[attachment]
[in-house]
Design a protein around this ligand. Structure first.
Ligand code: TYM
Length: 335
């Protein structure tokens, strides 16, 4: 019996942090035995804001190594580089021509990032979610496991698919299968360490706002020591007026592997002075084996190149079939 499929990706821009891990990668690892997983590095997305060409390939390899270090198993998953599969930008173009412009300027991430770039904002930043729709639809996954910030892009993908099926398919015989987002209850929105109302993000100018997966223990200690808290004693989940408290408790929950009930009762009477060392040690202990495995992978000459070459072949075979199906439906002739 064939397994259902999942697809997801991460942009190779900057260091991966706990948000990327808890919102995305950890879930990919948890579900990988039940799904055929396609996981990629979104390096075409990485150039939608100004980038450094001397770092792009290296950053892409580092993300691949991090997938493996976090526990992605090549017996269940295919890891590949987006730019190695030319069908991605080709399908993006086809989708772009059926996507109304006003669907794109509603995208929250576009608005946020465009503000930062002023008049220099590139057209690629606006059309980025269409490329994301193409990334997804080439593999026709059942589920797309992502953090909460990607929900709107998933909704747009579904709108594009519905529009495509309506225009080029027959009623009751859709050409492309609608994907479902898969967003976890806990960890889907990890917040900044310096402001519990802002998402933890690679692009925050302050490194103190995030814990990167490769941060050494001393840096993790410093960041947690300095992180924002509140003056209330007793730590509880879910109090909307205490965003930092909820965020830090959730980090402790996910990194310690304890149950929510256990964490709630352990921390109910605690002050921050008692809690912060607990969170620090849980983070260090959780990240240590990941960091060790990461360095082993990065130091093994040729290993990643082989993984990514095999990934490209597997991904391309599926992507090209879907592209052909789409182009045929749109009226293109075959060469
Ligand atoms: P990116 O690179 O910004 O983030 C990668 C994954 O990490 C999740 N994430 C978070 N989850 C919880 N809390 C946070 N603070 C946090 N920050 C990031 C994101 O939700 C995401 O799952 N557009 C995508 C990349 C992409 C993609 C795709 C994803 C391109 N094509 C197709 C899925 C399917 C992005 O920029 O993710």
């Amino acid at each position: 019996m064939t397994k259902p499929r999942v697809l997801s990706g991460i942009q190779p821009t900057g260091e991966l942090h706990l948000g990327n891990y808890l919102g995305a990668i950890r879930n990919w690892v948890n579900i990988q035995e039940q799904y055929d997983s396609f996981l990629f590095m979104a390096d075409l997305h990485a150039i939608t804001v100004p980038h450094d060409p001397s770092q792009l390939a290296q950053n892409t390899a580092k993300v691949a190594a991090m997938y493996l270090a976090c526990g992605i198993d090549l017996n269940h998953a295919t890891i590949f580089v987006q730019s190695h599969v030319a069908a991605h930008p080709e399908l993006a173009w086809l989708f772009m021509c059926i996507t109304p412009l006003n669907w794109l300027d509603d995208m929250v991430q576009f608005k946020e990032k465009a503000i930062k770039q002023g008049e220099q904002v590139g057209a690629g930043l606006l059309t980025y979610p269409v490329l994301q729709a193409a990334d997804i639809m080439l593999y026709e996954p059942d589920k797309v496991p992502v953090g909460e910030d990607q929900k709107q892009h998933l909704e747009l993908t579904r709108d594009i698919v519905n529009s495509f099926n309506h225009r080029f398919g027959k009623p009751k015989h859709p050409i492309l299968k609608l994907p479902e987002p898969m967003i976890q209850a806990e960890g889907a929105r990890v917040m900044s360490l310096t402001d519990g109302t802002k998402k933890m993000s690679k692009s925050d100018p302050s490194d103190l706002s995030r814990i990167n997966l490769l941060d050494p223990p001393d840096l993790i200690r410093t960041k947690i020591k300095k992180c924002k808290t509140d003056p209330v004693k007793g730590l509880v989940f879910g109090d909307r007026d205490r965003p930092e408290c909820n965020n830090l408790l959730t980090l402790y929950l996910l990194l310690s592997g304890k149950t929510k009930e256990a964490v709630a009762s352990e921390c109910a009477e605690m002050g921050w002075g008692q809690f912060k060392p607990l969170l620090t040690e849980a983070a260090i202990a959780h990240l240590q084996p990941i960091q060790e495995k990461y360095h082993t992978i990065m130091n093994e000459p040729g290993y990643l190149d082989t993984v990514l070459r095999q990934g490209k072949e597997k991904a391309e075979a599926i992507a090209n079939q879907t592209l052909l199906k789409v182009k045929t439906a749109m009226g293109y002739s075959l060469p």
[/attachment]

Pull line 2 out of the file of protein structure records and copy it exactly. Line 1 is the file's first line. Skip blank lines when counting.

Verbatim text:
Design a protein around this ligand. Structure first.